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Archive for the ‘Considerations’ Category

Davidson’s anomalous monism is an account of the relationship between the mental and the physical. As a stalking horse for some of the issues, I discuss the extent to which Kim’s causal exclusion argument poses a problem for Davidson.
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Hume famously argued that we cannot have any experience of causation. I outline one interpretation of his argument before turning to consider some aspects of the argument that seem to me to be worthy of further consideration.
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A central concern of the epistemology of testimony is to explain how we acquire knowledge through the testimony of others. We do, of course, acquire many beliefs through testimony and many of those beliefs are true, but if we believe something which happens to be true we do not necessarily know that which we believe. A child might believe there is life on Mars because he has read too many comic books and it might turn out that the planet does harbour microbial life, but the child does not know that there is life on Mars. Knowledge requires more than true belief. How are we epistemically justified in believing something on the basis of testimony?

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“The Structure of Scientific Revolutions” introduced the phrase ‘paradigm change’ into the philosophy of science and with that phrase came a radical new view of scientific progress. The abandonment of one scientific theory and replacement with another was no longer to be considered as an objective process. It is “not the sort of battle that can be resolved by proofs”[1]. To discuss the mechanism of theory change is therefore to talk “about techniques of persuasion, or about argument and counterargument in a situation in which there can be no proof”[2]. This has led many commentators to interpret Kuhn as a relativist. If Kuhn’s analysis were accurate then scientific advancement would be just a “matter for mob psychology”[3], not “based on good reasons of any kind, factual or otherwise”[4]. Kuhn spent much of his later life arguing against this analysis of his position. I consider part of his argument, predominantly from “Objectivity, Value Judgement, and Theory Choice”, in an attempt to elucidate Kuhn’s defence.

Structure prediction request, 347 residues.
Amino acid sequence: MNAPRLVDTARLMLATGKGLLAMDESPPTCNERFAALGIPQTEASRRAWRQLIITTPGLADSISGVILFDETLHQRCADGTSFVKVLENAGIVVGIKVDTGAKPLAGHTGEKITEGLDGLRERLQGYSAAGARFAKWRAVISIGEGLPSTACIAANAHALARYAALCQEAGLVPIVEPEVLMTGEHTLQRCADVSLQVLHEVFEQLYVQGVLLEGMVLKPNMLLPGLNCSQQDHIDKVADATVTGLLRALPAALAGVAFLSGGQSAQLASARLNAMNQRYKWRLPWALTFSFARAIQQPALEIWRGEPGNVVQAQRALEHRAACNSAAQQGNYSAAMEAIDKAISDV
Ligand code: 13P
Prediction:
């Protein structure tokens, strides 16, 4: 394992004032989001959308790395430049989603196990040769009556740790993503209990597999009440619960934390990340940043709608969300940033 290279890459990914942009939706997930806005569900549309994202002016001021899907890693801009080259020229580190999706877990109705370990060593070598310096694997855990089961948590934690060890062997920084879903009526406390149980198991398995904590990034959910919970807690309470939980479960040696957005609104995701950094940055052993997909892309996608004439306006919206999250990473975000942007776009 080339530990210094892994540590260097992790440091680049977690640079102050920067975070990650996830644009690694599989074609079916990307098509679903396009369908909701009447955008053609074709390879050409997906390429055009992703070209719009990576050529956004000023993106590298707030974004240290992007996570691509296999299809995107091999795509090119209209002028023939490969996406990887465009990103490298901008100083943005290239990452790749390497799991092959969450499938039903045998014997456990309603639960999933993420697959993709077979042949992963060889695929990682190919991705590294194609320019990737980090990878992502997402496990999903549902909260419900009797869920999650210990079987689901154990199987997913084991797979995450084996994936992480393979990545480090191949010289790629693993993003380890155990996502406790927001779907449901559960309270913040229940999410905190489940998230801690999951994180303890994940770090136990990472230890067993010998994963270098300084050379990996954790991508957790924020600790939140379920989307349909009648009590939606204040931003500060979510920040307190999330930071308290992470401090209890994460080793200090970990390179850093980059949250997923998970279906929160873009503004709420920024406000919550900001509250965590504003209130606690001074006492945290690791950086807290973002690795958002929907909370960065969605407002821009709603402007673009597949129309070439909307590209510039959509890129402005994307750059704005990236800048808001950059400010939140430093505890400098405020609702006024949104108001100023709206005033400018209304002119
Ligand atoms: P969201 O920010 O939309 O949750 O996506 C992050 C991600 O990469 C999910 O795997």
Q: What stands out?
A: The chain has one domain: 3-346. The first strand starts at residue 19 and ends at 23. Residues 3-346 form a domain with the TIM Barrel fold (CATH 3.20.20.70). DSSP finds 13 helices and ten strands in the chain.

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Strawson’s “Freedom and Resentment” was responsible for a significant shift in the debate about free will. The prevailing wisdom prior to its publication was that the truth or otherwise of determinism was a critical issue for morality. For an agent to be morally responsible for an action it was generally held that it had to have been possible for that agent to have done otherwise. There were two main lines of attack to justify the idea of moral responsibility in a deterministic setting. Firstly, the weaponry of analytical philosophy could be deployed to investigate the meaning of the phrase ‘could have done otherwise’ in such a way as to dissolve the apparent contradiction. Secondly, our moral practices of praise and blame could be justified operationally as a mechanism to improve the behaviour of deterministic, learning agents. The first of these may yet be required to resolve issues within our moral framework, of which more later. The second is successful enough on its own terms, but is generally held to fail to explain how we are morally justified in punishing people that break our moral codes. By contrast, Strawson claims that the question whether determinism is true is irrelevant to our practice of moral praise and blame. I review his reasons and consider some challenges to them.

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